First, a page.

Bail-out views: Portugal and Germany
The view from Dinis Coelho Dordio's farm must be one of the prettiest in the whole of Portugal.
From his Sintra farmhouse, you can see an ancient castle and a former royal palace perched at the top of wooded hills that start at the bottom of his land.
In the centre of the well-kept lawn is a huge white marquee capable of holding 300 guests. The family rents it out to couples to hold wedding receptions.
But the business has been hit by Portugal's austerity programme of spending cuts and tax rises as the government has battled to control its growing debt mountain.
"Today [the marquee] is a little too big. Nowadays it's not usually 300 guests. There are 200 maximum because we are in a crisis," he says.
The family business has had to lay off staff and is trying to diversify into catering.
But Dinis is worried things will get even worse if, as expected, an international bail-out means more belt-tightening.
"People are afraid because we don't know if we'll have social security, if we'll have money for pensions in a few years. So people are starting to really think whether they should or not spend money."
An hour away by train is the centre of the capital Lisbon, where old, bright yellow trams trundle along cobbled streets.
The pavement cafes of the Chiado district have for more than a century been the place to discuss politics and philosophy.
Indeed a statue of the country's most famous writer, Fernando Pessoa, reclines at one of the tables.
Sipping an espresso nearby is 27-year-old Joao Gomes.
Since he graduated from university with a geography degree a few years ago, he's only been able to get temporary jobs - a huge problem for the nation's young.
But he doesn't think austerity - whether directed by the government or an EU-IMF bail-out - is the right prescription to get the economy back on its feet.
"I don't accept it. I think taxes are very high, they're too high," he says.
He fears a bail-out from Portugal's European Union partners will get the country into an even bigger financial mess.
"We should manage the problem ourselves and not ask for help from outside. We know that every cent we ask for, we'll have to pay back more in the future."
The country's financial crisis is even the theme of Portugal's entry to the Eurovision song contest.
The ironically-titled "A Luta é Alegria" or "The Struggle is Joy" is sung by comedians-turned-singers Homens da Luta.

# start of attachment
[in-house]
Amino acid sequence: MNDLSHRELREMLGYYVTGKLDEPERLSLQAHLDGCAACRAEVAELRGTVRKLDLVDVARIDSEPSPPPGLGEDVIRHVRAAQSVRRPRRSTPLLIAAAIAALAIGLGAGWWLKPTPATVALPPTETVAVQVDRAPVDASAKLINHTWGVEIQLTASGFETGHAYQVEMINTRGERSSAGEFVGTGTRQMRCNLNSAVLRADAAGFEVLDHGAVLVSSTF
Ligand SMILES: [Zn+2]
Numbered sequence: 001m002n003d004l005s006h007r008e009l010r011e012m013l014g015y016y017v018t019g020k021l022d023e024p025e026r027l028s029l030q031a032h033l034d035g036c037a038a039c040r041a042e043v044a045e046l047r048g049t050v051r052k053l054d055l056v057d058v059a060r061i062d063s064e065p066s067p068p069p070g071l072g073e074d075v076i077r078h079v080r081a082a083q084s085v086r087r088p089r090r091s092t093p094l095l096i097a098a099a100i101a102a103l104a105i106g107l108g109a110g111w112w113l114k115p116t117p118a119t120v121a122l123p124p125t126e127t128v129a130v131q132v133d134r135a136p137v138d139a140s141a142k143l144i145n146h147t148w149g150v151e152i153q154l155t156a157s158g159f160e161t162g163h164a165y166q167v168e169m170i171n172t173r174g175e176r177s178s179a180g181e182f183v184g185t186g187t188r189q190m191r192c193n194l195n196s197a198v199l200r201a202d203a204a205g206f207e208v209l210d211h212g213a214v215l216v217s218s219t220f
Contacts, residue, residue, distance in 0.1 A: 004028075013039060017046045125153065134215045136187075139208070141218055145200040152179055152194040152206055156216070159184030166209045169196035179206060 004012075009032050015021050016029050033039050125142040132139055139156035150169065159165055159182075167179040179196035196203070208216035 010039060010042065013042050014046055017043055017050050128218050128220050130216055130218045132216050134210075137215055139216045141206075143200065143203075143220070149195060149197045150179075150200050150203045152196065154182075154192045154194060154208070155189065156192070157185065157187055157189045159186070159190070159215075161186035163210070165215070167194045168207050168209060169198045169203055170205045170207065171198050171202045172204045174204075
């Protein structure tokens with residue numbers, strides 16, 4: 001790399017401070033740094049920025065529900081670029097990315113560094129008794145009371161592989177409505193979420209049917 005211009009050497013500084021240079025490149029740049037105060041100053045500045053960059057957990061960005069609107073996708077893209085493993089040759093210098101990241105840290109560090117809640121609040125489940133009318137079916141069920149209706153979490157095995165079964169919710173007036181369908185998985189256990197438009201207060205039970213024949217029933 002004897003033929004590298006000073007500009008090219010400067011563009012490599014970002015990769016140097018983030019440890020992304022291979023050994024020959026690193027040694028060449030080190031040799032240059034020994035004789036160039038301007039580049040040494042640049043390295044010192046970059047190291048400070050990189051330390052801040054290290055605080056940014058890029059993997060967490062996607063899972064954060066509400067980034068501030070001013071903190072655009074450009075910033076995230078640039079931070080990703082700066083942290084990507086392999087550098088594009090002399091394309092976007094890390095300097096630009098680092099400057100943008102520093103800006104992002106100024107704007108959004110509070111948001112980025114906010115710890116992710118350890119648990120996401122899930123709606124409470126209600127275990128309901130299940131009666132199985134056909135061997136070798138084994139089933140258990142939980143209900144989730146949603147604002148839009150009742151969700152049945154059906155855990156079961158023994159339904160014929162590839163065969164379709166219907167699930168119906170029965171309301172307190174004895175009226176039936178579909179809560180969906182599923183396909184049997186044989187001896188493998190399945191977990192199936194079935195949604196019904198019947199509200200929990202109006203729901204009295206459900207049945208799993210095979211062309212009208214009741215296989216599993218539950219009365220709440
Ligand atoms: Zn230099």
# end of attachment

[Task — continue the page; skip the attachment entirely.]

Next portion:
Lyricist Jel says the country's leaders and ordinary people are in complete disagreement on how to solve the country's financial troubles.
"The big majority of the politicians who rule us are asking people to make sacrifices. Young people with talent are leaving Portugal because they can't find jobs where they can progress."
So does he think he can restore some national pride when he and his group compete in Eurovision in Germany in mid-May, maybe even beating the countries paying for Portugal's bail-out?
"Our song doesn't speak badly of Germany or any other country," he says. "We go to Germany to show Europe that Portuguese people are not sad people. We are happy people who want to live with all our brothers in Europe."
A thousand miles away in Germany the brotherly European love is showing signs of strain.
Opinion polls have suggested about half of Germans don't want their country to hand over any more money to bail out indebted nations.
As Europe's richest country, Germany is the biggest guarantor of the massive programme to lend money to European states that run out of cash.
Frankfurt is the capital of the European monetary system, housing the European Central Bank, the guardian of the single currency.
Outside its headquarters is a huge bright yellow and blue sculpture in the shape of the euro currency's symbol.
Tourists get their photos taken beneath it. But the currency and all that goes with it has become a source of irritation for some in Frankfurt.
"German taxpayers are afraid of paying for other countries' debts," says Clemens Christmann from the Hess Industry Association, an organisation which represents mainly family-run businesses.
"I am quite sure that German taxpayers will not accept year by year higher spending for other European countries."
Germany's various layers of government are cutting their own levels of public spending as they try to balance their books.
Romerplatz, the Medieval square next to the River Main, has been the city's main meeting point for centuries.
People here disagree on whether Germany's multi-billion euro contributions to heavily-indebted nations should continue.
"We have to make more laws so countries in Europe which have difficulties don't need help from the other countries in Europe," says one local.
Her friend remembers fondly the days before the euro existed.
"The German mark was better. It was better when every country had its own currency."
But European solidarity has not entirely disappeared. The federal government's argument that Germany benefits from a strong euro clearly resonates with some.
"Germany has got very big advantages from the euro. They [countries in trouble] have to be supported. What else can we do? These countries would break down," says another resident.
In Frankfurt's oldest music shop, Cream Music, hundreds of classical and electric guitars hang on the walls.
Half of the shop's sales are to people outside of Germany.
Co-owner Bernie Hahn says his country's exporters will benefit from any bail-outs in the long run.
"If we haven't got strong neighbours, who will buy our products? So it's an investment in our own economy at the end of the day," he says.
But it's not just trade that motivates him - it is also a sense of being a European.
"It was part of the deal right from the beginning. Everybody knew we had to pay for it. We're the strongest economy in Europe so that's just the deal."